Sleep Deprivation: War Interrogation – Francesca, Raiyan, Frances

  1. The text’s central argumentative point is that sleep deprivation is an immoral and torturous practice that goes against the ethical aim of war interrogation (to combat terrorism and enable world peace). The text is a combination of both factual and evaluative arguments. McPhedran passes judgement on the morality of the practice of sleep deprivation and the opinions put forward by members of the Australian Government and other significant figures. At the same time, factual claims such as the scientific facts about the physical harm caused by sleep deprivation were used by McPhedran to further generate his evaluations and arguments on Ruddock’s unwarranted opinion, and the immorality of sleep deprivation itself.
  2. The author puts forward more of an argumentation rather than general, personal opinion. This is evident through the author’s factual claims and evaluations of these significant figures that are followed by a causal link/statement that seeks to prove or make judgement. McPhedran uses these claims put forward by these figures, to generate debate on the topic (argumentative debates) and thus express the main claim. However, the author’s opinion is slightly echoed in the following sentence “Australian Federal Police boss Mick Keelty provided a better informed response.”
  3. The author does not explicitly state his central argument throughout the text, as he uses different personalities’ comments on the interrogation method to generate these arguments and underlying thoughts within the reader. However, the final paragraph can be seen as a summary of his central claim, and the underlying argument.
  4. I agree with the reading and believe that the author tries to give a stipulative definition of torture by including sleep deprivation within that definition to solidify his point. The central claim revolves around the understanding that sleep deprivation causes pain and pain is torture. Another contentious term with a stipulative definition is interrogation, McPhedran tries to construct the term’s definition to exclude torture in order justify his claim.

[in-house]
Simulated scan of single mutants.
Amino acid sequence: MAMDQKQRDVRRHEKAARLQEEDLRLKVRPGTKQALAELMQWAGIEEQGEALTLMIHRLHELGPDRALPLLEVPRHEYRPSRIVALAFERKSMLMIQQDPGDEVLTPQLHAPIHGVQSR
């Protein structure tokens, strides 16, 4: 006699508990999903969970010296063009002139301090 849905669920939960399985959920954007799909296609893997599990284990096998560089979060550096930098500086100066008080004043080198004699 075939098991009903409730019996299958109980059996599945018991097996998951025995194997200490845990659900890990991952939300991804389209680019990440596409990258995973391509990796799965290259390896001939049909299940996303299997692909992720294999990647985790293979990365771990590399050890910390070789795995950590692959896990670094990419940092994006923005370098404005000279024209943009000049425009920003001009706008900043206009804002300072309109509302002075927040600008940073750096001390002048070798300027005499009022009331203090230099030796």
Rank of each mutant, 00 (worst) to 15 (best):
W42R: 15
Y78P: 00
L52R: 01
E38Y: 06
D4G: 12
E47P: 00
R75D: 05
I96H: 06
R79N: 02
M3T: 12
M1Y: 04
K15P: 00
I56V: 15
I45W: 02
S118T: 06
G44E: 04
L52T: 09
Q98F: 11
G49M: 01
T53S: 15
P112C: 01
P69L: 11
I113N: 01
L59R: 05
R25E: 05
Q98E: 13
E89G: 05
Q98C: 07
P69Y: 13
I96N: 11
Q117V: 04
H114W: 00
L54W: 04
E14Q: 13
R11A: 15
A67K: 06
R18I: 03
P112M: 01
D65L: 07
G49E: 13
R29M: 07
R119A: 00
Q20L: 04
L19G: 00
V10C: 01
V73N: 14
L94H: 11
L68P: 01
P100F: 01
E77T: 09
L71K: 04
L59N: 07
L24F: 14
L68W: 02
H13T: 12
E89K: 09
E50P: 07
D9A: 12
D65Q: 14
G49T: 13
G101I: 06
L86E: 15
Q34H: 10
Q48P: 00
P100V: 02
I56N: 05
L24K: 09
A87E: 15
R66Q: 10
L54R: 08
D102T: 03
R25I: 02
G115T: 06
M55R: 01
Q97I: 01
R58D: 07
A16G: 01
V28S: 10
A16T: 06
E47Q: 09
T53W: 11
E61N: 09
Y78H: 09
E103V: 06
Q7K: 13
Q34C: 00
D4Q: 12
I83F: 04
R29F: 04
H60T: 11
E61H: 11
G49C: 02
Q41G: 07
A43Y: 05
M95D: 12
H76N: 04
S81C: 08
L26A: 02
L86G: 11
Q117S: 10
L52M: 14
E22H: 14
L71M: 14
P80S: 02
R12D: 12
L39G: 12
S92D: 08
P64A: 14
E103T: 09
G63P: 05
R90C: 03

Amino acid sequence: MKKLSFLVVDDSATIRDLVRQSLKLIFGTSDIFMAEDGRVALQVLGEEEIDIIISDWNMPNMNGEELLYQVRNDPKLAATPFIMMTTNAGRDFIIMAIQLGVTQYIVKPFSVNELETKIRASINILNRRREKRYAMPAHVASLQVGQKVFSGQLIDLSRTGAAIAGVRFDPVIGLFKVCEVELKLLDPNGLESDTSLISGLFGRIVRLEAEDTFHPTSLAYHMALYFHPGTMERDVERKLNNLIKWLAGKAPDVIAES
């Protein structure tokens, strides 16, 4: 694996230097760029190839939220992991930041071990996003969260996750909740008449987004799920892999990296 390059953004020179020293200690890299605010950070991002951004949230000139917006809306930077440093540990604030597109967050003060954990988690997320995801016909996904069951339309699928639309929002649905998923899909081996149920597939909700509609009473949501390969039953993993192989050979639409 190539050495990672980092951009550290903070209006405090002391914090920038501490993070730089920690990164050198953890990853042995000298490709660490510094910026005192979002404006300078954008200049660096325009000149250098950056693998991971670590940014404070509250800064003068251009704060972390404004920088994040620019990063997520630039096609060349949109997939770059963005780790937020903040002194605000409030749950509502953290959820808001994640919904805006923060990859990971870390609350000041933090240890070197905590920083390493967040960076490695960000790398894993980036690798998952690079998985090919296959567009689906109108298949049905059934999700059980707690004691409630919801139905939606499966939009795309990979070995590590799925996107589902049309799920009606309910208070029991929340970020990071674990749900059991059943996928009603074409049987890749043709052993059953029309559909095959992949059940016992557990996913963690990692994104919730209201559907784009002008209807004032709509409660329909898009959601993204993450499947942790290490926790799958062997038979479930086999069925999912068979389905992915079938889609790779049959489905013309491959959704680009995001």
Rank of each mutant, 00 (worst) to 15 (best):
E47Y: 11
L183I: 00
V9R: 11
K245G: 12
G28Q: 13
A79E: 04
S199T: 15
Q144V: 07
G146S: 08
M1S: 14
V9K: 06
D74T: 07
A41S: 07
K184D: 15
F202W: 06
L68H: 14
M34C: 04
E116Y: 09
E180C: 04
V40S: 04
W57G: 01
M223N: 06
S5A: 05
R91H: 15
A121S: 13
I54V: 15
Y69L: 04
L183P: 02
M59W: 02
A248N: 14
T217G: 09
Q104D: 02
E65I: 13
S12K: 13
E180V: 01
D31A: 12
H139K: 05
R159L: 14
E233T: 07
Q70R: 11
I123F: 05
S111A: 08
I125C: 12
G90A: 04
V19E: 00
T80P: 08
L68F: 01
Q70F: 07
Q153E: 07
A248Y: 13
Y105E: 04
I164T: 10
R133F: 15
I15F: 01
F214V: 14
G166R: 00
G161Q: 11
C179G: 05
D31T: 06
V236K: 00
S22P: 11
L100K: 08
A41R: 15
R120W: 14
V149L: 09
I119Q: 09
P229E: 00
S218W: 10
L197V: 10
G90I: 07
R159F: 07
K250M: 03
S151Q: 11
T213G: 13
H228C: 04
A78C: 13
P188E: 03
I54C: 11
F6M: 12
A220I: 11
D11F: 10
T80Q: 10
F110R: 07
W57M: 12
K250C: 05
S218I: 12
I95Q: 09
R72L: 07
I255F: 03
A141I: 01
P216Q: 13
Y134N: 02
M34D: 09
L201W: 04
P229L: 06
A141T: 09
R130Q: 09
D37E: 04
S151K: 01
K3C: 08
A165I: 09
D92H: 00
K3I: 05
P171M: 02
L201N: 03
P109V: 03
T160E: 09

5. Article’s primary claim here:Sleep deprivation is an immoral war interrogation method and form of torture that should not be usedJustification 1: (type: appeal to social norms)[because] it goes against the purpose of war interrogation which is to combat terrorism and promote world peace.

    Justification 2: (type: appeal to authority)

    And claims by those in favour of it lack the personal experience/authority to place such immoral judgement.

  6. Article’s primary claim here: Sleep deprivation is an immoral war interrogation method and form of torture that should not be used during warJustification 1: [because] it goes against the purpose of war interrogation which is to combat terrorism and promote world peace.Warrant for Justification 1: Sleep deprivation does not aid the quest for world peace, it shares common values with the enemy we are fighting.

    Justification 2: And claims by those in favour of it lack the personal experience/authority to place such immoral judgement.

    Warrant for Justification 2: Only those with credibility and authority can truly place opinion on the ethics of sleep deprivation.

  7. “Exactly what Attorney- General Philip Ruddock was doing even commenting is unclear, let alone supporting the practice as a means of getting information out of terrorist suspects. Ruddock has been a Liberal member of Parliament since 1973. Before that he was a Sydney solicitor. He has presumably enjoyed a comfortable night’s sleep, many of them at taxpayer expense, most nights for the past 33 years.”There is no textual correspondence or justification between Ruddock’s comments supporting sleep deprivation and the following retaliating paragraph. It is solely the author’s sarcastic and demeaning opinion on Ruddock’s ethical mindset. This can be seen as an example of Ad Hominem.

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